WASHINGTON -- President Barack Obama plans to take questions from YouTube viewers Thursday afternoon, and for the third time in as many years, the overwhelmingly most popular query involves the legalization of marijuana.
Of the top 100 most popular questions as rated by YouTube users, 99 are about the drug war or pot. Of the next one hundred, 99 are again about drug policy. Somehow, two questions about clean energy made their way into the top 200.
The pot questions don't stop there, but HuffPost stopped counting deep into the 200s, as the president is unlikely to answer all of them. If past history is any guide, he may not answer any of them.
A White House spokesman tells HuffPost that the president on Thursday will answer whatever questions YouTube puts before him. "A selection of top voted questions has been made to insure that as many of the most important questions as voted by the YouTube community will be asked," a YouTube spokesperson told HuffPost.
Obama did answer the question in 2009, addressing folks who asked if the president would consider legalizing marijuana to boost the economy and tax revenue.
"Can I just interrupt, Jared, before you ask the next question, just to say that we -- we took votes about which questions were going to be asked and I think 3 million people voted," he said to aide Jared Bernstein. "I have to say that there was one question that was voted on that ranked fairly high and that was whether legalizing marijuana would improve the economy -- (laughter) -- and job creation. And I don't know what this says about the online audience -- (laughter) -- but I just want -- I don't want people to think that -- this was a fairly popular question; we want to make sure that it was answered. The answer is, no, I don't think that is a good strategy -- (laughter) -- to grow our economy in 2009."
That answer tortured legalization backers as much as being ignored, if this year's questions are an indication. Many of them knock the president for laughing at their issue.
The major drug-policy reform organizations say they have had little to do with the popularity of the pot questions and that it has largely been a "grassroots" response. The top question is from an official associated with the group Law Enforcement Against Prohibition, but the second- and third-most popular, judging by their YouTube pages, are clearly not connected to a mainstream advocacy group.
LEAP, the Drug Policy Alliance, the National Organization for the Reform of Marijuana Laws, Students for Sensible Drug Policy and the Marijuana Policy Project released what they called a "joint" statement Thursday calling on the president to address an issue that is "bubbling up."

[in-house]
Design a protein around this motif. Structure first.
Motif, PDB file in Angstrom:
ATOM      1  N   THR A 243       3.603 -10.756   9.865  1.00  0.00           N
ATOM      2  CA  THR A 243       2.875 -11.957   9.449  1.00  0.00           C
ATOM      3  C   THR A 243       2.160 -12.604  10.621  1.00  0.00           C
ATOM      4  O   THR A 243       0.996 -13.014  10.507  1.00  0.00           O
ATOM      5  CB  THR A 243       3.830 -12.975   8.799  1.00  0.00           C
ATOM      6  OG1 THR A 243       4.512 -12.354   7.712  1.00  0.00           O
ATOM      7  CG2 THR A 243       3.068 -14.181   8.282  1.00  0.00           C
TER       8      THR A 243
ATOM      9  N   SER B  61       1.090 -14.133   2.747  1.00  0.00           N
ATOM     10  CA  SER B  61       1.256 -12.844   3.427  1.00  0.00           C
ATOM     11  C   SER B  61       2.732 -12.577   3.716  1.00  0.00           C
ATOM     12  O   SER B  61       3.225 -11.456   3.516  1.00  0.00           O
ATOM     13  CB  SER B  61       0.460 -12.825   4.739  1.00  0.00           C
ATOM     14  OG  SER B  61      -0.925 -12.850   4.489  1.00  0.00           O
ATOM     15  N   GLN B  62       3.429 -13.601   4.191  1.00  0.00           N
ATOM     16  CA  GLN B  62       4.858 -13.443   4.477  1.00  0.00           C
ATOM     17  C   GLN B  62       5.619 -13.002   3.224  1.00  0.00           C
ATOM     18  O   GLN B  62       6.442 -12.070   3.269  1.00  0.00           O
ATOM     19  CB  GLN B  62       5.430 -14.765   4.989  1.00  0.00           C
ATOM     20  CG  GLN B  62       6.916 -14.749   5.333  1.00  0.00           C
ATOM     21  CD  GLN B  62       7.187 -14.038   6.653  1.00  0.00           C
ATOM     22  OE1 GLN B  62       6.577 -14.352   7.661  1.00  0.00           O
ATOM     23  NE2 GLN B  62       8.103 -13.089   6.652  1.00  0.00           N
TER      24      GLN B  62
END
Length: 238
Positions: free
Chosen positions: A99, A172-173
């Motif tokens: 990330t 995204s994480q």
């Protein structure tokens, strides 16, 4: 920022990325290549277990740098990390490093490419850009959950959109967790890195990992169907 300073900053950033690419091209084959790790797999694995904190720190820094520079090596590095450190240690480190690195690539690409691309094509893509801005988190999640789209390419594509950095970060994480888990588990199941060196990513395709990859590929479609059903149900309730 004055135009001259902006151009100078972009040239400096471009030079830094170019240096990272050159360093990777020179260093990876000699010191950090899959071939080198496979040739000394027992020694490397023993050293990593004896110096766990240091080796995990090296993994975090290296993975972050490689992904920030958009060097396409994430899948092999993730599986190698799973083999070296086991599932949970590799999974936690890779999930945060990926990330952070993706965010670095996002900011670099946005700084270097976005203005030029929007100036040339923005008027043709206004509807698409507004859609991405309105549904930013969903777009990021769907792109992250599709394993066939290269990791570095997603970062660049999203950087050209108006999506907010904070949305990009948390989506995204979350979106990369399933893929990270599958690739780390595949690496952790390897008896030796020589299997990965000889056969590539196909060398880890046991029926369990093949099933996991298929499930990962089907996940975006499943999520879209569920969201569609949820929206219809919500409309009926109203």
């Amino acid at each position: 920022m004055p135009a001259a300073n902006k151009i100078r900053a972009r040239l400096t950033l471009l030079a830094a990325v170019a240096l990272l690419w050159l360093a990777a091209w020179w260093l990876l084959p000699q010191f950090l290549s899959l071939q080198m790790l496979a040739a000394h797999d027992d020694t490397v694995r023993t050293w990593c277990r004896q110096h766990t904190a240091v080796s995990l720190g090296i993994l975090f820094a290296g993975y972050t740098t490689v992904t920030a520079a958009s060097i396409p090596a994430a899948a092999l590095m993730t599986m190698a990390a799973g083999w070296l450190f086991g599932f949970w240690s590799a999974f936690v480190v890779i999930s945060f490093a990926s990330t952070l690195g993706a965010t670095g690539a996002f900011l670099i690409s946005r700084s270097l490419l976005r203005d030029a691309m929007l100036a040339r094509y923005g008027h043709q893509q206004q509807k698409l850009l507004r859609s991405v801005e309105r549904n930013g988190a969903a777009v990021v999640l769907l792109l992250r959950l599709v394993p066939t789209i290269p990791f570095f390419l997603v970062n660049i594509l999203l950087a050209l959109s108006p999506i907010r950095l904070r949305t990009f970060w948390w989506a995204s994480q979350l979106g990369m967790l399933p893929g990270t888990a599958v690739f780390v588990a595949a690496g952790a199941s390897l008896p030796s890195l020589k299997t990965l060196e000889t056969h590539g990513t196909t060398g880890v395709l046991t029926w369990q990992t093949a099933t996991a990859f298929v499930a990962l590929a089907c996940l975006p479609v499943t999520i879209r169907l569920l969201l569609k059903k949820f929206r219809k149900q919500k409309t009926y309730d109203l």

The statement appears below:
Following his 2011 State of the Union address, President Obama asked the public to submit questions for an exclusive YouTube Interview that will take place on Thursday January 27. The "Ask Obama" forum promises to take questions from the American people on the issues they find most important in terms of national policy.
The people have spoken, and the message is loud and clear: the top 100 most popular questions (193,000 were submitted) are on marijuana reform and the harms of drug prohibition, with the first-place question coming from a former police officer who has first-hand experience with the failure of these policies. The questions dominating the forum deal with marijuana legalization, prohibition-related violence, and the fiscal and human consequences of mass incarceration. The American people want to know why our country is continuing the failed, catastrophic policy of drug prohibition.
Several of the most popular questions also address why our elected leaders have virtually ignored these important issues. This is not the first time marijuana legalization and drug reform have dominated the response to Obama's call for questions. There were similar results in both 2009 and 2010 when people asked Obama about ending prohibition and using science instead of politics to guide our drug policies. In 2009, Obama's response was to laugh off the question about taxing and controlling marijuana. In 2010, Obama ignored the questions, despite the questions dominating in quantity and quality.
Ryan Grim is the author of This Is Your Country On Drugs